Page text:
School Clock pencil apple

(The Center Square) – Parents and others connected to New Jersey schools are poised for savings when the Sales Tax Holiday commences next weekend and runs through Labor Day.

The 10-day window, Aug. 27-Sept. 5, is a “Sales Tax Holiday for certain retail sales of computers, school supplies, and sport or recreational equipment when sold to an individual purchaser for non-business use,” according to the state government website.

School begins for most public school districts on Sept. 6 or 7. A few schools start next week, others by mid-September.

Sales tax remains applicable for computers with a sales price of more than $3,000. Otherwise, items “related to technology having electrical, digital, magnetic, wireless, optical, electromagnetic, or similar capabilities” will be a touch less expensive.

The art supplies category includes clay and glazes; paints to include acrylic, tempera and oil; paintbrushes for artwork; watercolors; and sketch and drawing pads.

School computer supplies are for items under $1,000. These can be computer storage media, diskettes and compact disks; handheld electronic schedulers, with exception to cellphones; personal digital assistants, with exception to cellphones; printers; supplies for computers, printer paper and printer ink.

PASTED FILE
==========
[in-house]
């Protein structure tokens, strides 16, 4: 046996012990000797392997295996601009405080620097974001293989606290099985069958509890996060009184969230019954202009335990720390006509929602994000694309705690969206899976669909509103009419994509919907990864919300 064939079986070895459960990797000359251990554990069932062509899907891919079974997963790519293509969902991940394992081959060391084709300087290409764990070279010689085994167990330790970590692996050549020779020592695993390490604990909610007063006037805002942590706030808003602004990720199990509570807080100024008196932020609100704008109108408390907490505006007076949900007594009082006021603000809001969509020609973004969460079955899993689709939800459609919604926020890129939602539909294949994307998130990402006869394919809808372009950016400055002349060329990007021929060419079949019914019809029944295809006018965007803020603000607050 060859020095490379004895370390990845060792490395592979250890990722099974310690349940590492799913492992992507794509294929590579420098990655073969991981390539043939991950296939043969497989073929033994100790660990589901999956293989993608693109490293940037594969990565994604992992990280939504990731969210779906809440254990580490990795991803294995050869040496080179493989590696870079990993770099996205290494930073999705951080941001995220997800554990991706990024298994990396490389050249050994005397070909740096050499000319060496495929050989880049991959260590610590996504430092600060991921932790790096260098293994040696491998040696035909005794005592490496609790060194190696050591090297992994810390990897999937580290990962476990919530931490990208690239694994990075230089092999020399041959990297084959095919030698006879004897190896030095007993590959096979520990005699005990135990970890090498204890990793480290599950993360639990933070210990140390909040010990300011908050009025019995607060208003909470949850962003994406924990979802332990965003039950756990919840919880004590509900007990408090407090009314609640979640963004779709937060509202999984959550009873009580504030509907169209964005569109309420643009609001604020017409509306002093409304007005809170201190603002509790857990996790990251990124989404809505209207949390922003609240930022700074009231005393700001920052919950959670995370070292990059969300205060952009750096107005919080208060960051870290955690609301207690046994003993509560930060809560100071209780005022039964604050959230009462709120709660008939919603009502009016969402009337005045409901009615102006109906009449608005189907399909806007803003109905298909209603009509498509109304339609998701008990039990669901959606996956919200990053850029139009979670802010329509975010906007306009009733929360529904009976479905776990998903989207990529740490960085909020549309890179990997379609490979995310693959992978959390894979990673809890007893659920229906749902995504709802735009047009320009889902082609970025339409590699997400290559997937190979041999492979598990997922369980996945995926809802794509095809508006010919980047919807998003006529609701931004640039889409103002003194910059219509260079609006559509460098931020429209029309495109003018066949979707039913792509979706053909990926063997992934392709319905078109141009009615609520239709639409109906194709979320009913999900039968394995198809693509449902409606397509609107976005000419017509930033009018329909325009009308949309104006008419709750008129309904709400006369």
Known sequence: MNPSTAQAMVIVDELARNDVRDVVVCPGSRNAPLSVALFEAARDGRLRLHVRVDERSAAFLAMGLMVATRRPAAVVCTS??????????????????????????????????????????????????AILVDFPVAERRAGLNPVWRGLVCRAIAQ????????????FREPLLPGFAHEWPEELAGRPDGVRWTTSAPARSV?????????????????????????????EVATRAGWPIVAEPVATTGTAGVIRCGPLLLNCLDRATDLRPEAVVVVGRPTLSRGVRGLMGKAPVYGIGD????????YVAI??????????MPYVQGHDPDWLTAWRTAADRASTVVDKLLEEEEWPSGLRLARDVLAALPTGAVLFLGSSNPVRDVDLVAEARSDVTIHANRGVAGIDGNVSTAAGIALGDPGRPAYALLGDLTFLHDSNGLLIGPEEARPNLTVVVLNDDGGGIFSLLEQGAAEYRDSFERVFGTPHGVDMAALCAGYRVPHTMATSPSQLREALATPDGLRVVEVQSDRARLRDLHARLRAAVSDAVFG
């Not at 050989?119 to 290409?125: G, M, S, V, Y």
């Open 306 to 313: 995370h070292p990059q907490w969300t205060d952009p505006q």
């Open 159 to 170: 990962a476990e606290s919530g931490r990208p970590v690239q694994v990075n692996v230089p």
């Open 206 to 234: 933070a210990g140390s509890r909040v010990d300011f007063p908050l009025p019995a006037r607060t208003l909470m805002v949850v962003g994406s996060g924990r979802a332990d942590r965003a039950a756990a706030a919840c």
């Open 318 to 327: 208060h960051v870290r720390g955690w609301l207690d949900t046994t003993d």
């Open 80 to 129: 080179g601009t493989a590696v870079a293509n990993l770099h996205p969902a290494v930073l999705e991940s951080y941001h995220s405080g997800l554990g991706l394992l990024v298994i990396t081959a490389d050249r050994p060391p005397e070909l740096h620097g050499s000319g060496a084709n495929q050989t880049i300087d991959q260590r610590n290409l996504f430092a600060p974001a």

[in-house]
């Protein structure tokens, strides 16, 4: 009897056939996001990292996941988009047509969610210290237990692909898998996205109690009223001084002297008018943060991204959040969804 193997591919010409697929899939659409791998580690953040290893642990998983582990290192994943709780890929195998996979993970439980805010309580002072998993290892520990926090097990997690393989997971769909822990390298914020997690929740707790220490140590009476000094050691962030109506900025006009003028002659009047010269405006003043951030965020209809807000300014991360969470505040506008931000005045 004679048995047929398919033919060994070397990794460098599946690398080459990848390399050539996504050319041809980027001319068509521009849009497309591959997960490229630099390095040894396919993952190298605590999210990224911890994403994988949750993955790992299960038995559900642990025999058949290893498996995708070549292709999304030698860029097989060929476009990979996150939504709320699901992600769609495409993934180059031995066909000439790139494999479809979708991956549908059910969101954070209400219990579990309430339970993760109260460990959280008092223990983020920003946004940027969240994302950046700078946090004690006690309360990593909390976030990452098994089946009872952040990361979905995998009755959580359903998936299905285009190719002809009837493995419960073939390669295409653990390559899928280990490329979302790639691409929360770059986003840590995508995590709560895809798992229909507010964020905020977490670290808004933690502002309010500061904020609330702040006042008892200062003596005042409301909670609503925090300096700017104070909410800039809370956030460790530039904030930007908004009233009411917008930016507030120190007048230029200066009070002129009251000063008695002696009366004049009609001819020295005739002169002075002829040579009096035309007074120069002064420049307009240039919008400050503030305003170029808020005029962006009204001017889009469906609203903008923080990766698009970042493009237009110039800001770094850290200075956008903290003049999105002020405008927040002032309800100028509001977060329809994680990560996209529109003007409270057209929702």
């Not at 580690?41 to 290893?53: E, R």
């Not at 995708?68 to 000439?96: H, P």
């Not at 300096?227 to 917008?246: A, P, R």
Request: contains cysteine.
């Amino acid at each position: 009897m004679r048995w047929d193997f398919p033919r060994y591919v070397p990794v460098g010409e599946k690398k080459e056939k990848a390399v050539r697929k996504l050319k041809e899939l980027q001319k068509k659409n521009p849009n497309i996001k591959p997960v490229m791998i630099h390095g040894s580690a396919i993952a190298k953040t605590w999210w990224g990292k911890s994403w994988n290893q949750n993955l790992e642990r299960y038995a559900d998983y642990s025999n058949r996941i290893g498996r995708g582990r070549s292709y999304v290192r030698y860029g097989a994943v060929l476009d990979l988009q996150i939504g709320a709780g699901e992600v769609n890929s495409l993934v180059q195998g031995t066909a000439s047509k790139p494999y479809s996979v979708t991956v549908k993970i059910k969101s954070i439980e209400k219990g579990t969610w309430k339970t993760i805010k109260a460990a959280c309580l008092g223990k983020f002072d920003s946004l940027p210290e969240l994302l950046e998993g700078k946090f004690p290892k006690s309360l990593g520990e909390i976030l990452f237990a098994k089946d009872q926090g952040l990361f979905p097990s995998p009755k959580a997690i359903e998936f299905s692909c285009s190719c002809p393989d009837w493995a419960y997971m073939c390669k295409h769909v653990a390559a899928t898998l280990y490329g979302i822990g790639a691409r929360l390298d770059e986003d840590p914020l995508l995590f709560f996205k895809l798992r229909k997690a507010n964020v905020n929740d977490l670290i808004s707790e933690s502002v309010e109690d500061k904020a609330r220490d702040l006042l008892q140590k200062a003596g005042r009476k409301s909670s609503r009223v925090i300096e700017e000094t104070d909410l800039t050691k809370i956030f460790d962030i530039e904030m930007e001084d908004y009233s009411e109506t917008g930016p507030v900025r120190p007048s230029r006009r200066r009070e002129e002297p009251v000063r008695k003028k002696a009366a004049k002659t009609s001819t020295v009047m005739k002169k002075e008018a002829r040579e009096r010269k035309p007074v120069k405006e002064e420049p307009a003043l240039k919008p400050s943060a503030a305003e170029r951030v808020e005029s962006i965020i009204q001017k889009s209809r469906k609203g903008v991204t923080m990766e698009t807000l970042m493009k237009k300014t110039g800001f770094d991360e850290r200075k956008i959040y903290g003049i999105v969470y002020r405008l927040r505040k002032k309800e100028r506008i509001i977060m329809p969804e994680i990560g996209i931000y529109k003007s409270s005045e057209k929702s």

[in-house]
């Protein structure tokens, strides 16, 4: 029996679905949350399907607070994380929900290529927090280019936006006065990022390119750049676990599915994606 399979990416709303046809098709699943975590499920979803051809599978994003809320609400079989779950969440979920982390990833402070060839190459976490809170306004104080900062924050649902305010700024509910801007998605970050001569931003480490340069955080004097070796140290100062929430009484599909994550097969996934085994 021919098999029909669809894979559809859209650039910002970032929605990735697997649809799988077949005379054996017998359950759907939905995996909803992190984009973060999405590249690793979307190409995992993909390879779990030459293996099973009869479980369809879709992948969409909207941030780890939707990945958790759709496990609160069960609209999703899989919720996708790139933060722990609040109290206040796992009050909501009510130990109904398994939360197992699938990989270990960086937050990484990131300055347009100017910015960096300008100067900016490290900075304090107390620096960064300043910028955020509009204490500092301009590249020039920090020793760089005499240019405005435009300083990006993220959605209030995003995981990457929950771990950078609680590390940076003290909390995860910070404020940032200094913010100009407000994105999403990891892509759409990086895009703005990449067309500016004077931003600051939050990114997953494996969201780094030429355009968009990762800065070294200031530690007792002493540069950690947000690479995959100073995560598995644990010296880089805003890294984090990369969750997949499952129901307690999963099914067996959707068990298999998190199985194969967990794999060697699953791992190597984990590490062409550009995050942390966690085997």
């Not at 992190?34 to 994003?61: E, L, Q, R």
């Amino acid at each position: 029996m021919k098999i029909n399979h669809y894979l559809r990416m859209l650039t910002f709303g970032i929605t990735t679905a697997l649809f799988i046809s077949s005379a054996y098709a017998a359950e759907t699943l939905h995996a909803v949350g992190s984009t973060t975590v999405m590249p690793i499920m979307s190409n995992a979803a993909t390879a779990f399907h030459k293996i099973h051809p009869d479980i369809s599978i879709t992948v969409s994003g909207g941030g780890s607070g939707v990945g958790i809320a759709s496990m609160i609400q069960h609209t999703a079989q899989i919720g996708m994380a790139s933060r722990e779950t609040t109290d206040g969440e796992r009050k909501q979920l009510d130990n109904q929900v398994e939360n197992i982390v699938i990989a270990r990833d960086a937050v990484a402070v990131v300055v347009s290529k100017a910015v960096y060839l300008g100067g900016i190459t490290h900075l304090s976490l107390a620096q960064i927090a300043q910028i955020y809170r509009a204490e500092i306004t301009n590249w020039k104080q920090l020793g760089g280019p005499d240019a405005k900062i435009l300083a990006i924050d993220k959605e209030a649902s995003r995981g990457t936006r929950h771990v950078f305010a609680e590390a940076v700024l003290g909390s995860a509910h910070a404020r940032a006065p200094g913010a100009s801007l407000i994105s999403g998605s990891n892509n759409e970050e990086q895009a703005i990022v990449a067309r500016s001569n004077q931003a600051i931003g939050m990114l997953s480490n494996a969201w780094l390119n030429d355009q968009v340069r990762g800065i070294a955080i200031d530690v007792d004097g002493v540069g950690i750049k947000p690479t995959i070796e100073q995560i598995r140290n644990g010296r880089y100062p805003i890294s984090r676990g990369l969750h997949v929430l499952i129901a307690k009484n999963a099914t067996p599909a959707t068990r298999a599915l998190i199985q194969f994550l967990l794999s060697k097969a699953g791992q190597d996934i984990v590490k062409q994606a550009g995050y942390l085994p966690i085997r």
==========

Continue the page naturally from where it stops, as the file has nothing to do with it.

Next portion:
School instruction materials include reference books, workbooks, reference maps and globes or textbooks.

The supplies category is broad but includes the most obvious and usual – binders, book bags, rules, scissors, etc.

Sports or recreational equipment will cover most anything used by individuals in school team sports and a lot for individual recreational use.

There’s no limit on how many items can be purchased by individuals. Coupons from stores can help get some items under the respective thresholds of $3,000 and $1,000 for certain items, thereby qualifying them for the sales tax break.

Managing Editor

Alan Wooten has been a publisher, general manager and editor. His work has won national or state awards in every decade since the 1980s. He’s a proud graduate of Elon University and Farmville Central High in North Carolina.